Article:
Wisconsin voters will split four candidates for the state Supreme Court into two on Tuesday in a crucial race to determine which party holds the majority in the state’s Supreme Court.
Milwaukee County Circuit Judge Janet Protasevic is set to run for the general election, but it was too early to tell who her opponent would be, according to the Associated Press.
The state has had a Republican-leaning majority on the state Supreme Court for 14 years, but the departure of conservative Justice Patience Rogensack has created an opportunity for a liberal majority.
The transition of power could have a significant impact on access to abortion within the state, the drawing of congressional districts, and election-related legal battles leading up to the 2024 presidential election.
Tuesday’s primary ballot has two conservative candidates (former Supreme Court Justice Dan Kelly and Waukesha County Circuit Court Judge Jennifer Dorough) and two liberal candidates (Protasiewicz and Dane County Circuit). Court Judge Everett Mitchell) was elected. The primaries themselves are nonpartisan, with the top two vote-getters advancing to his April 4th general election.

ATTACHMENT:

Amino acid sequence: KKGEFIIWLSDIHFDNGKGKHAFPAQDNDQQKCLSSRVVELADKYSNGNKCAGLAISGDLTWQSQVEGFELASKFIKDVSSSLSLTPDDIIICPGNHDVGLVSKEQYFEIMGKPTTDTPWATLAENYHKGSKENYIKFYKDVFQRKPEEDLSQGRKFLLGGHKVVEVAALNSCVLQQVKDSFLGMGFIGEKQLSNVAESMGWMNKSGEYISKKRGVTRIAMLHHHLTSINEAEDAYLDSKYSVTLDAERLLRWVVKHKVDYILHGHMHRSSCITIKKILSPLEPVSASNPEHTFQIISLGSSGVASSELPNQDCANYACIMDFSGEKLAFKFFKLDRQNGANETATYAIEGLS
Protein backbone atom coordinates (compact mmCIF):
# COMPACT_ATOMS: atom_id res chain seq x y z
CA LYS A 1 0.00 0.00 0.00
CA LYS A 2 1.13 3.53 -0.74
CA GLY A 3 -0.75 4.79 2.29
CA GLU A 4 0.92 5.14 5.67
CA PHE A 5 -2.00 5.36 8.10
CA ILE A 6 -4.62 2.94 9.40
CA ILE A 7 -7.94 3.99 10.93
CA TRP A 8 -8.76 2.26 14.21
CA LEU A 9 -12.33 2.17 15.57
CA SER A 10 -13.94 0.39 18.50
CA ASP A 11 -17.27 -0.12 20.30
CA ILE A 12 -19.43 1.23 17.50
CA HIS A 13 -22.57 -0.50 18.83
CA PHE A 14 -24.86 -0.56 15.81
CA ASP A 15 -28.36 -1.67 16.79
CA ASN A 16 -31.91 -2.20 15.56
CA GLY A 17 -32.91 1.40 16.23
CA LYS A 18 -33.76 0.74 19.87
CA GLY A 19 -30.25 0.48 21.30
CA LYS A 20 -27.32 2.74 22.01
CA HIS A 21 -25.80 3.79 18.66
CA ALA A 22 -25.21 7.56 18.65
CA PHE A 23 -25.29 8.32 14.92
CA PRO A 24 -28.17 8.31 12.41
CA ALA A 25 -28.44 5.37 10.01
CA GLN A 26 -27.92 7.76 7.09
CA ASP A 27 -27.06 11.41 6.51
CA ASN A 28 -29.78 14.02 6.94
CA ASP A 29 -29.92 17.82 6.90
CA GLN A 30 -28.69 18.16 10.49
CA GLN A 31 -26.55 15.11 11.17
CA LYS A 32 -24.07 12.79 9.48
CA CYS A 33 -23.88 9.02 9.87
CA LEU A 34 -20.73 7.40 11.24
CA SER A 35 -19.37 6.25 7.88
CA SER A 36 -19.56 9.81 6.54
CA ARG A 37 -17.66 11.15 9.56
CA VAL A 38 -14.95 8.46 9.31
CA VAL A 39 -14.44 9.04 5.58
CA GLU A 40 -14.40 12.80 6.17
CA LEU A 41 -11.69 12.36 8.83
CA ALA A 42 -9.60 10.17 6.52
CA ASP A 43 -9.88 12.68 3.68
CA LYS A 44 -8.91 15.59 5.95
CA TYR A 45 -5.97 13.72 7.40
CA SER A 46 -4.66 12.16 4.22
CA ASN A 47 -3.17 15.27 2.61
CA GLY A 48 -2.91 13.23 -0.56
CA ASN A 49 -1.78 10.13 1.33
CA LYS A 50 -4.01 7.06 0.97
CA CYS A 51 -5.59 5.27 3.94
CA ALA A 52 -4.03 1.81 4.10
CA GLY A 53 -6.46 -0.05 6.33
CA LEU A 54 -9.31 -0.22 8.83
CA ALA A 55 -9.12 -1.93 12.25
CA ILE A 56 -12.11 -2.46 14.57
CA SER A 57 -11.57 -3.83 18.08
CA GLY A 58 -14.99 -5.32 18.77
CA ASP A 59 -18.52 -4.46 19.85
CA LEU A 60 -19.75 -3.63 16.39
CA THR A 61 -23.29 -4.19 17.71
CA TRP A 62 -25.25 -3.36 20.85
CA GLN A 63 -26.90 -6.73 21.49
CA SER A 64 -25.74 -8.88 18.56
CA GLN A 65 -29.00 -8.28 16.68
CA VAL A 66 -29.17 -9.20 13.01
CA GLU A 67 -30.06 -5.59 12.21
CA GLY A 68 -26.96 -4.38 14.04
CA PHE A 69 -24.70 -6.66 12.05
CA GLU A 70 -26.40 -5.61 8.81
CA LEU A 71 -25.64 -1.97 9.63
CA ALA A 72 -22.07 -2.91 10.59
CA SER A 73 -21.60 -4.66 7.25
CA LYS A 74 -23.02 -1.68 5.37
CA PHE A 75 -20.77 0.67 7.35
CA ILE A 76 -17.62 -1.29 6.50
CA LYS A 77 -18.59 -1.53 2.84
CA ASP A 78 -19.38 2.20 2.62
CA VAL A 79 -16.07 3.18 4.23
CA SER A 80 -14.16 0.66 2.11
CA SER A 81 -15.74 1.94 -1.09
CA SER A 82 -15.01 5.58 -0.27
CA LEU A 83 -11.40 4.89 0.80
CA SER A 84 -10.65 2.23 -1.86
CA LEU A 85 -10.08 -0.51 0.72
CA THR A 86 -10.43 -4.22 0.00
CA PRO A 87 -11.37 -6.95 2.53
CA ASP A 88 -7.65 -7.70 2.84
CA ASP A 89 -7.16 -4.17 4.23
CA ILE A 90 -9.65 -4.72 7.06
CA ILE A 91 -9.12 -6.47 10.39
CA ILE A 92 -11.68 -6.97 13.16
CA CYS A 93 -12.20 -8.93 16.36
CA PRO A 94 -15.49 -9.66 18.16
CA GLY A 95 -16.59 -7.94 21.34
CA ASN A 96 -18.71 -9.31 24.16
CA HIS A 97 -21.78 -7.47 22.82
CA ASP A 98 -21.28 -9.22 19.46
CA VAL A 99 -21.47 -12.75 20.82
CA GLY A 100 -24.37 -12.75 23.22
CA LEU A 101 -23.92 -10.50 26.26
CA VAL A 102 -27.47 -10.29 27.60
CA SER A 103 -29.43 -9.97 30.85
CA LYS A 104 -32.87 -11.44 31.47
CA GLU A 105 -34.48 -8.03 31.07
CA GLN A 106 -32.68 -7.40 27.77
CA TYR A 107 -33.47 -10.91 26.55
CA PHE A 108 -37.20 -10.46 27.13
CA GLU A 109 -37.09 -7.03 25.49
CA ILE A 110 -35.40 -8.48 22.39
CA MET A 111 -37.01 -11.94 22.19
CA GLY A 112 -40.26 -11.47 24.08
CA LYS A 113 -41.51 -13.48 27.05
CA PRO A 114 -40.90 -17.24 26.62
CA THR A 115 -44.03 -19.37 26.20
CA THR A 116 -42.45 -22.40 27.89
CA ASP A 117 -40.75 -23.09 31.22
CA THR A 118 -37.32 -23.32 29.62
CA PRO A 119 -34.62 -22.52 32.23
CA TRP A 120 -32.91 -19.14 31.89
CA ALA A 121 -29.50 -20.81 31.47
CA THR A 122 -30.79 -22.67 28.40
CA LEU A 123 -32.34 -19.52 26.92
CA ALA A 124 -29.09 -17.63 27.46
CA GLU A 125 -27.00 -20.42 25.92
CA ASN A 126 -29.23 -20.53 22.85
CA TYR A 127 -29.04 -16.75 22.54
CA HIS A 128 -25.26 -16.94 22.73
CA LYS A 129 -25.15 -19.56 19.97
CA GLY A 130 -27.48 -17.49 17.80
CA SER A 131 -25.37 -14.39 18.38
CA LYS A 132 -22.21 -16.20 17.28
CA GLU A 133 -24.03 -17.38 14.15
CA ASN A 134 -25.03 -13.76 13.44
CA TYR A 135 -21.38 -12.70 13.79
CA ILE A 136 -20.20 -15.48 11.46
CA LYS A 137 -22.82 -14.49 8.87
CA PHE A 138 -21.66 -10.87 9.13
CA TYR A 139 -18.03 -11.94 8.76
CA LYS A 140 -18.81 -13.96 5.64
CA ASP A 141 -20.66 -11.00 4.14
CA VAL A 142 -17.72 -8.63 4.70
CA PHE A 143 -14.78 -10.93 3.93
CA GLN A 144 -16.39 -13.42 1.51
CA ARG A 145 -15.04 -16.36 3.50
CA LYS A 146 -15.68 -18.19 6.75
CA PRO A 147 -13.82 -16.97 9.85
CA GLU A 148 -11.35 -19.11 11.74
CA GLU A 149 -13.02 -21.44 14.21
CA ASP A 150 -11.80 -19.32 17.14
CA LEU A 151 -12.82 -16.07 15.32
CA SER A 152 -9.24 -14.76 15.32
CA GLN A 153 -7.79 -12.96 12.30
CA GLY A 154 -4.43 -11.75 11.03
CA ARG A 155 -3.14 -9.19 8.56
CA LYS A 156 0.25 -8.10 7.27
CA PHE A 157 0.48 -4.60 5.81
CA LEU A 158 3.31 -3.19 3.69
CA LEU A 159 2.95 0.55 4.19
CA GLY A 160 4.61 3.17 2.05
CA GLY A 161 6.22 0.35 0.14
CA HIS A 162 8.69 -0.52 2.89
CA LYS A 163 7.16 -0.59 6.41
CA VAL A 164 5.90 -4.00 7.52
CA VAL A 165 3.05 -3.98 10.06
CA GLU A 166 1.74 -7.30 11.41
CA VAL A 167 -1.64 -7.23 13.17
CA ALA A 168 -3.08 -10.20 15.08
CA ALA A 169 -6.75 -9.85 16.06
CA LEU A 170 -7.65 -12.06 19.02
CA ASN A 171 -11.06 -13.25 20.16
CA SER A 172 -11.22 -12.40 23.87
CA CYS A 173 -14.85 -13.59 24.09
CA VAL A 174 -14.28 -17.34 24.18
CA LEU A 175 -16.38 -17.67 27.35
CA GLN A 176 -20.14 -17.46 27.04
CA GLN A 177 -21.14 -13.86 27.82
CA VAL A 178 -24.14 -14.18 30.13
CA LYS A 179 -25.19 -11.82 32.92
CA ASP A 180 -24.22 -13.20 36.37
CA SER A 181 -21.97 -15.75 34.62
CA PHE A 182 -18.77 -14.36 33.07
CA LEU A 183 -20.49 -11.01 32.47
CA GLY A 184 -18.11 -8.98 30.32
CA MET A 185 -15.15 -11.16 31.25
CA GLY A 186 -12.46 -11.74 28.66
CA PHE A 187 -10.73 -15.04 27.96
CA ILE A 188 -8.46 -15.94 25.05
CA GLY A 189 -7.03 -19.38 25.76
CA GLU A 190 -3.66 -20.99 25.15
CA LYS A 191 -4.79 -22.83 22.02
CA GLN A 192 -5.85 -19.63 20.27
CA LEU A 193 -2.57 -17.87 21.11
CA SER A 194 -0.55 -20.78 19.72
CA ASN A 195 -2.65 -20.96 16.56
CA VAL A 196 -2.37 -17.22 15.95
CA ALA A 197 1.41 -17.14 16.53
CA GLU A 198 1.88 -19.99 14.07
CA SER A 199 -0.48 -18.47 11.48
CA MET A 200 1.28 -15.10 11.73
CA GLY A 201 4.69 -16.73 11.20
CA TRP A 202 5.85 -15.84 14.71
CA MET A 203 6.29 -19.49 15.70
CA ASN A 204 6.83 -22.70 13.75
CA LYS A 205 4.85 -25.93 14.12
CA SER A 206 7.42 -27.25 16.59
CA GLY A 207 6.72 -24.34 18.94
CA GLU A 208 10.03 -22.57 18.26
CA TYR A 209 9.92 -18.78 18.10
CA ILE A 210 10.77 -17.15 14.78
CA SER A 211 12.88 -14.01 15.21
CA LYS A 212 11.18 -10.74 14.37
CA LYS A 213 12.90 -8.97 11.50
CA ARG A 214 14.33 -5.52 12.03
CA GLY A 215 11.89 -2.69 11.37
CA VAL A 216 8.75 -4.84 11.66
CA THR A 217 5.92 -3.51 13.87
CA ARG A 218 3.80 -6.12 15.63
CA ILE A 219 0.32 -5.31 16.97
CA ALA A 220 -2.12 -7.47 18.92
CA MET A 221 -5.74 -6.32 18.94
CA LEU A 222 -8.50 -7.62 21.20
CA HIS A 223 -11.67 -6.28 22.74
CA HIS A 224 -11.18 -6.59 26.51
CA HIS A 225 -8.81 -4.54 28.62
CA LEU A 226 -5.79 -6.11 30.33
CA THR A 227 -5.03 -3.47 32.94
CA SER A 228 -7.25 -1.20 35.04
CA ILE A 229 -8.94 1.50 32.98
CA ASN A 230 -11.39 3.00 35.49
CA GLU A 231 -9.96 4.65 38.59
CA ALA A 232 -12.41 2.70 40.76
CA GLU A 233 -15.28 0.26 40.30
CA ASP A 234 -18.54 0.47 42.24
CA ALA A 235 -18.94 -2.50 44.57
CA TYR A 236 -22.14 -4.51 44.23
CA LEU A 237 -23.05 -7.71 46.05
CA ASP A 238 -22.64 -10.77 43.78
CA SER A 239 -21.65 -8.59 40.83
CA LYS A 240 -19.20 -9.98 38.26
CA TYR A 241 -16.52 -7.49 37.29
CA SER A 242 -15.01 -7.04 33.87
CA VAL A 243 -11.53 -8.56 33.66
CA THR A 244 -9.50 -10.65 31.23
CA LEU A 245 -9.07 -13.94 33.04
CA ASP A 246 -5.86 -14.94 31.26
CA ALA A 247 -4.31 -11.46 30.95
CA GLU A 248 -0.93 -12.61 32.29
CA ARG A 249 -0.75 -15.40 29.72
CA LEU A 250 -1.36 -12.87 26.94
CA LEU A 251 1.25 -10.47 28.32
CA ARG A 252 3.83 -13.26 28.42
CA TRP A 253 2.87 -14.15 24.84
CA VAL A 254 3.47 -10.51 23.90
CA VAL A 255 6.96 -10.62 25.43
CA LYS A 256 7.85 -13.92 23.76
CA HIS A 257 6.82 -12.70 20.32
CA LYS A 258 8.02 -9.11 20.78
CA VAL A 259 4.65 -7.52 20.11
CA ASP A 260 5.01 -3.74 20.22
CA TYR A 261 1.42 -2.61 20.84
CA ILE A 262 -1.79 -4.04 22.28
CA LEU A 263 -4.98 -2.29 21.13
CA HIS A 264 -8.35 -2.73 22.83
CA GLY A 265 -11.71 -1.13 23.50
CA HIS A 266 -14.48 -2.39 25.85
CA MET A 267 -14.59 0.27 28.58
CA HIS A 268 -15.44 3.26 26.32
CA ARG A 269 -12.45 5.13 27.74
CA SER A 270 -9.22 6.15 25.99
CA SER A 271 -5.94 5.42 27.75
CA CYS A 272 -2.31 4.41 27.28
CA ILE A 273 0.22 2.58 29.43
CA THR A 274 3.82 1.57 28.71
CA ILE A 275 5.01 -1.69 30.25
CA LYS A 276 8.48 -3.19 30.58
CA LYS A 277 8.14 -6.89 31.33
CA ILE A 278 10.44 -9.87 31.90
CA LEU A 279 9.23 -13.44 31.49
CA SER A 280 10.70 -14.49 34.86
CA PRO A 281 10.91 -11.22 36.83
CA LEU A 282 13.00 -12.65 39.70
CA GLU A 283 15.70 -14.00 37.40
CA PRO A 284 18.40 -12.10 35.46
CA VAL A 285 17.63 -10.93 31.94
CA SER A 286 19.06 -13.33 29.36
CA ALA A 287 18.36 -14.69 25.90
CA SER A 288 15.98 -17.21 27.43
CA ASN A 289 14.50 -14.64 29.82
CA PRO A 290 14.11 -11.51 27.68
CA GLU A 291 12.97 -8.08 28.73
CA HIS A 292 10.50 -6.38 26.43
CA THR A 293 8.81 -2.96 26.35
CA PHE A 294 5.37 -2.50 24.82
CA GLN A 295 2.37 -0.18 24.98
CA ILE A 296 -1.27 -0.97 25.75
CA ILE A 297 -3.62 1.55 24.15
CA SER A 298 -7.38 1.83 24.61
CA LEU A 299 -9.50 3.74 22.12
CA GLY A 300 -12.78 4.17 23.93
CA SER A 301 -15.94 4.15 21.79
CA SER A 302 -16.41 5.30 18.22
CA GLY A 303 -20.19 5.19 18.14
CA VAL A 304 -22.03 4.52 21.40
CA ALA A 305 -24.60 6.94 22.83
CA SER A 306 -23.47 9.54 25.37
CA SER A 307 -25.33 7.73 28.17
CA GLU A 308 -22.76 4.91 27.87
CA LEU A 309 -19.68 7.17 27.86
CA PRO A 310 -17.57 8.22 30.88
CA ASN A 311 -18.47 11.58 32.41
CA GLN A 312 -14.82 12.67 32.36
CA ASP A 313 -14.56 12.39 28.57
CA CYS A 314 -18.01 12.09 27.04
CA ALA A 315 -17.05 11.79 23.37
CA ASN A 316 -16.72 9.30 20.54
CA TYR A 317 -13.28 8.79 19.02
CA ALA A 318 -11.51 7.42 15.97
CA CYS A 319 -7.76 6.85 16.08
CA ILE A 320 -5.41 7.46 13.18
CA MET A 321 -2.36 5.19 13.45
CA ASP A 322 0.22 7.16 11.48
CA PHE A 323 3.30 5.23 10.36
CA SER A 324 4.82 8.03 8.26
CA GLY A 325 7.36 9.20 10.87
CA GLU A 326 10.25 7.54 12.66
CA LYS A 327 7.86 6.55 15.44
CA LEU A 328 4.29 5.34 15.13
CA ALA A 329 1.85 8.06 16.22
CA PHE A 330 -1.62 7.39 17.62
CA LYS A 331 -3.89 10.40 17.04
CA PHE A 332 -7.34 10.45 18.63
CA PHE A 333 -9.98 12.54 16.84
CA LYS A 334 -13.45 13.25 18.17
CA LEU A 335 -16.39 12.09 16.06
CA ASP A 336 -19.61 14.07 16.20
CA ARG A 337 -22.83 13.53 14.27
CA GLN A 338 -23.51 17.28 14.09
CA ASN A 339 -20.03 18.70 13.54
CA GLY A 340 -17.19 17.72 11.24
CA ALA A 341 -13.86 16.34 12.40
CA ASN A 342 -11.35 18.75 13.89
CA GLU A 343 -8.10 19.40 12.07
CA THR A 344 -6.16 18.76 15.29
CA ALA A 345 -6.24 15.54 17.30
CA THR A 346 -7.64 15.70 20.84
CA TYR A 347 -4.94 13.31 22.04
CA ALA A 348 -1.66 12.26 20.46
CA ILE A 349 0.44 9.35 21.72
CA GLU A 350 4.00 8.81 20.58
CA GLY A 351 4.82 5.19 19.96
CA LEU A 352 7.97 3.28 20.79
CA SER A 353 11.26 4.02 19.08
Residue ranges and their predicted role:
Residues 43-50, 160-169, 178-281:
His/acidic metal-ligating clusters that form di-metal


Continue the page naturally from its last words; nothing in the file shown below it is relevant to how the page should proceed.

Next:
State political operatives expected Protasiewicz to advance to the next round, having raised more campaign money than any of its competitors. Anthony Chergoski, a professor of political science at the University of Wisconsin-La Crosse, says the rivalry between the two is a “toss-up,” but whether a Republican — either Kelly or Drow — will vote for her in April’s general election. You are expected to join.
Kelly served one term in the High Court after being appointed by former Republican Wisconsin Governor Scott Walker. He lost his April 2020 re-election campaign.
At the heart of this race isWisconsin’s 1849 abortion ban, which made no exceptions for rape or incest, is now being challenged by the state’s Democratic leadership and will appear in state court case files within the next few years. It is scheduled to be
Protasiewicz, who says “judicial independence is critically important”, made her position on abortion clear at the Candidate Forum earlier this month. One thing is no secret: women should be able to make that decision for themselves,” she said on the forum.
When asked what the worst court verdict came to mind, both she and Mitchell pointed to Dobbs’ verdict..
Drew and Kelley have widely criticized liberal opposition for taking public positions on certain issues and pursued judicial power despite the influx of millions from outside groups. I have tried to convey my independence from politics in order to
“Nobody can buy my honesty,” Drew said on the forum. “Politics has no place in the courtroom, and we must not be robed legislators.”
The impact of race on access to abortion has been recognized by national groups on both sides of this topic. Her EMILY’s List, a large Democratic group that supports women candidates, endorsed her Protasiewicz earlier this month. This year’s flagship National Women’s March was held at the Wisconsin State Capitol in Madison.